(SportsRadio 610) - When Denver quarterback Russell Wilson takes his first snap against the Texans’ defense on Sunday, he won’t recognize the secondary.
The last time Wilson played against the Texans was Dec. 12 of last season. He led his former team, Seattle, to a 33-13 victory at NRG Stadium, throwing for 260 yards and two touchdowns without an interception and compiling a 115.2 rating.
When Wilson surveys the Texans’ defense for the first time, he’ll see four new starters in the secondary – cornerbacks Derek Stingley Jr. and Steven Nelson and safeties Jalen Pitre and Jonathan Owens.
And there’s a fifth new defensive starter Wilson will have to keep an eye on, 34-year-old end Jerry Hughes, who intercepted a pass and recorded two sacks in his debut with the Texans, a 20-20 tie with Indianapolis.
Even though Wilson doesn’t have to contend with the Texans’ offense, they’ll have five – and possibly six – new starters on that side of the ball.
Like the Texans, Wilson has undergone a lot of change in his 11th season. His controversial exit from Seattle, the trade to Denver, signing a $245 million contract extension and losing his first game with the Broncos 17-16 to the Seahawks when rookie coach Nathaniel Hackett took the ball out of Wilson’s hands and tried an ill-fated 64-yard field goal.
The last thing the Broncos want to do is suffer a monumental upset at home to the Texans, and Wilson will be trying to extend his record against them to 4-0. He ignited the Seahawks to victories over the Texans in 2013 and 2017 before making it three in a row in 2021.
“Russell has been a good quarterback for a long period of time,” coach Lovie Smith said. “(He) can make all the throws (and has) good wide receivers. He’s mobile and smart. They have a commitment to the run, also.”
Wilson bombarded Smith’s defense last season. Since Smith still makes the defensive calls, he’s got to find a way to reduce Wilson’s impact on the game. He’s changed teams, but he can still do exceptional things.
In the Broncos’ one-point loss to the Seahawks, Wilson threw for 340 yards and one touchdown. He averaged 8.1 yards per attempt and finished with a 101.3 rating.
“I had an opportunity to go against him, and I’d say we’re dealing with some similar things with him,” Smith said. “He’s an accurate thrower and makes smart decisions. That kind of opens everything else up.
“It doesn’t matter where you are, the person doesn’t change lot. Maybe some of the calls have. I see a similar offensive attack when we played the Seahawks last year. Nowadays, quarterbacks have a big say in what teams do, especially guys that have been around the game for a while.”
No player on the Texans’ defense knows Wilson better than Nelson, an eight-year veteran who signed as a free agent in March and immediately won a starting job.
“I’ve played him a few times,” Nelson said. “Dual threat. He can create a lot of time (and it) definitely adds a different element. It means on the back end, we have to cover a little longer.”
Wilson, who relies heavily on his mobility, is a different challenge for the defense compared to the Colts’ Matt Ryan, who doesn’t like to roll out or run unless absolutely necessary.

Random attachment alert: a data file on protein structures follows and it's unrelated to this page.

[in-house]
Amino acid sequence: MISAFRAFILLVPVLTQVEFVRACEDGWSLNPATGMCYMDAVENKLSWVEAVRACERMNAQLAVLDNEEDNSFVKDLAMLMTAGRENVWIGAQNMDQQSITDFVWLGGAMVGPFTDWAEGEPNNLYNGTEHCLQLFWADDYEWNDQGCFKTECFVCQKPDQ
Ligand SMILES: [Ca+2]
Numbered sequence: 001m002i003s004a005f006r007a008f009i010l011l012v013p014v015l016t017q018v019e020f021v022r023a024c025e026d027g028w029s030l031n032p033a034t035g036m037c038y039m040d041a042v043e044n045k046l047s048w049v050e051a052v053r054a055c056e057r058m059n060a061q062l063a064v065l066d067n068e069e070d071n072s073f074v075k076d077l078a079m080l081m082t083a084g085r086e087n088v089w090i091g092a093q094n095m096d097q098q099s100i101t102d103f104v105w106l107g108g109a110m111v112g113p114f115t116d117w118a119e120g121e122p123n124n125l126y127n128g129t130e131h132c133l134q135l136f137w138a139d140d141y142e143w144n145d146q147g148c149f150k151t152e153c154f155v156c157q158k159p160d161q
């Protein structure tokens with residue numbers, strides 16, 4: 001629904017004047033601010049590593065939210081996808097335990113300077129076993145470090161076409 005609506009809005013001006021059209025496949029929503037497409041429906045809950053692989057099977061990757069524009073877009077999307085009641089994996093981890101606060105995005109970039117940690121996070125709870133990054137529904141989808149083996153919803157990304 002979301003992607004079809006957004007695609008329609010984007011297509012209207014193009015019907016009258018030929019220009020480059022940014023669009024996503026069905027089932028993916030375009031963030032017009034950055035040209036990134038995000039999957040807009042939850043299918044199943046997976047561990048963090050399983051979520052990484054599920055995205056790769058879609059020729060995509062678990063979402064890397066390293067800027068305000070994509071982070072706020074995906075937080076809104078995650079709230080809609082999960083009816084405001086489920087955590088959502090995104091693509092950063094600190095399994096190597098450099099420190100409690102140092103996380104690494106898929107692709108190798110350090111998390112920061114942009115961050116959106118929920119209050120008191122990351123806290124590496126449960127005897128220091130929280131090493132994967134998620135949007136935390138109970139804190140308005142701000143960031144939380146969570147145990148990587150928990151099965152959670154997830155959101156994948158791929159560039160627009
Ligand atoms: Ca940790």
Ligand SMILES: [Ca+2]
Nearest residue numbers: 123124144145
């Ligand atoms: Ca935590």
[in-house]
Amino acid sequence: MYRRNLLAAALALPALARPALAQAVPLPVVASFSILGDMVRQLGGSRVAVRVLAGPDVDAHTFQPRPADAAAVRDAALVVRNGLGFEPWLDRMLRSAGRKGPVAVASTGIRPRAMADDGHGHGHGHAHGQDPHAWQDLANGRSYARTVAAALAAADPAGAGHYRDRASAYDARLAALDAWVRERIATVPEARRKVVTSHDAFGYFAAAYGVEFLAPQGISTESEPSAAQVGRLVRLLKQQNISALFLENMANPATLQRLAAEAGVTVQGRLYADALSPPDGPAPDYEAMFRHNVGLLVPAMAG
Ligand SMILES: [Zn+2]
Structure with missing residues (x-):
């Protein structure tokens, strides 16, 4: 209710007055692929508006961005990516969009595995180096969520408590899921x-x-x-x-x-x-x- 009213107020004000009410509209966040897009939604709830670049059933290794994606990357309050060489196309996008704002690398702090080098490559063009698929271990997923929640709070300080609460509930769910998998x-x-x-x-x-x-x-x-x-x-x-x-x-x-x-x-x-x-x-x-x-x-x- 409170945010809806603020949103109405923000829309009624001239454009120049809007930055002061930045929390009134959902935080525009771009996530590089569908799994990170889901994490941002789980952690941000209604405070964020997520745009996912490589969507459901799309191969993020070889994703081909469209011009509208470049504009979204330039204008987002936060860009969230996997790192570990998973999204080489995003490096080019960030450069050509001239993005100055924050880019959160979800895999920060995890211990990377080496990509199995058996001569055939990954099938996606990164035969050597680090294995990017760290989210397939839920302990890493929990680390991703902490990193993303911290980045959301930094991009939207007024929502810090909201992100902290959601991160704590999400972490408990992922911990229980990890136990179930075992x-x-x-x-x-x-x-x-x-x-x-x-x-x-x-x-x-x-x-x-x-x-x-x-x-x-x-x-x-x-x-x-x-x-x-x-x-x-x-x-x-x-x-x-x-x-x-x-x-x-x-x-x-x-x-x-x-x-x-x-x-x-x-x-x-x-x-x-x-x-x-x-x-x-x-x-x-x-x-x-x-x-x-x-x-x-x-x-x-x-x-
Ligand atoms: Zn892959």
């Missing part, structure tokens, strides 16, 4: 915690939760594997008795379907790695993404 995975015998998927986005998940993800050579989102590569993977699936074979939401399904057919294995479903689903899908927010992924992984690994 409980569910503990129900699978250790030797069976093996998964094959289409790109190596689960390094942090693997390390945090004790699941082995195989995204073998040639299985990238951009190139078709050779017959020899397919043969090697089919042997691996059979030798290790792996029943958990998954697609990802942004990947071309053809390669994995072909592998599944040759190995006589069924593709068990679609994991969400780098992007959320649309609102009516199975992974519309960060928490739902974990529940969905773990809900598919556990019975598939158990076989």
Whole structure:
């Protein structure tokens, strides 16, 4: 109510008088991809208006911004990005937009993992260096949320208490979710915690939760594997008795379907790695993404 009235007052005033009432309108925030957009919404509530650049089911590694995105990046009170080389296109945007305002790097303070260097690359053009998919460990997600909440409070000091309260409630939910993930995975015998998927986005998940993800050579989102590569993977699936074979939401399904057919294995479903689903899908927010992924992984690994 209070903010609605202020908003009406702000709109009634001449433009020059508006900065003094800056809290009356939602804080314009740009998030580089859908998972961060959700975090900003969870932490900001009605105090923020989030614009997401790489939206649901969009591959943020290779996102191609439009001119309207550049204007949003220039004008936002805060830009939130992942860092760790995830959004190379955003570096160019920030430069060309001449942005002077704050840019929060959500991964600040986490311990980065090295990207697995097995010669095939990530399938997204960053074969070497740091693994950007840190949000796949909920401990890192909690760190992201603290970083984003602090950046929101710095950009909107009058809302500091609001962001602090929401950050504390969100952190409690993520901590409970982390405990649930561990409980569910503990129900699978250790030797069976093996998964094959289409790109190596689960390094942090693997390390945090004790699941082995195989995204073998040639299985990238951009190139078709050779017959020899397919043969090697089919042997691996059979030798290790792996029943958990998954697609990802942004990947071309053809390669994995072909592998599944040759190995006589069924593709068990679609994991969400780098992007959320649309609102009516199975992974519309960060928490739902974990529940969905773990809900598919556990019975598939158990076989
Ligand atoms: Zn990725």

“(That) makes it a different competition,” Nelson said. “Matt Ryan is more of a pocket passer. Russell Wilson can move around and do things on the ground and make things happen that way.”
Wilson is still adjusting to his new receivers, Jerry Jeudy and Courtland Sutton. Against the Seahawks, Jeudy caught four passes for 102 yards and a touchdown. Sutton had four receptions for 82 yards.
Jeudy is a deep threat. Sutton can get open deep but prefers to run short and intermediate routes to complement Jeudy.
“Those two guys get after it,” Nelson said. “They’re different types of receivers (and) it makes our jobs more interesting. We’ve got to study two different playing styles.
“(Sutton) kind of elevated himself to be that No. 1 guy. He just stepped up in a major way.”
Stingley and Pitre have watched Wilson for years, but they’ll be playing against him for the first time, of course.
“A lot of times,” Pitre said about watching Wilson as a kid growing up in Houston. “He’s a great quarterback, a great leader, and I’m excited to play against him. It’s a blessing.”
The Texans should have defeated Indianapolis, leading 20-3 early in the fourth quarter and settling for a controversial tie that caused Smith to receive a lot of criticism.
Being in position to upset the Colts should give the Texans’ younger players confidence when they tangle with the Broncos.
“I think it gives us a lot of hope,” Pitre said. “We feel really good about what we did with everybody saying the odds were stacked against us. We knew we were going to play a hard, tough game. We weren’t going to give them anything. I feel like we got a lot to build on.”
Fans will get a better idea Sunday of just how much building the Texans can do.
John McClain can be heard Tuesday, Wednesday and Friday on Sports Radio 610 and Monday and Thursday on Texans Radio. He also can be read four times a week on GallerySports.com.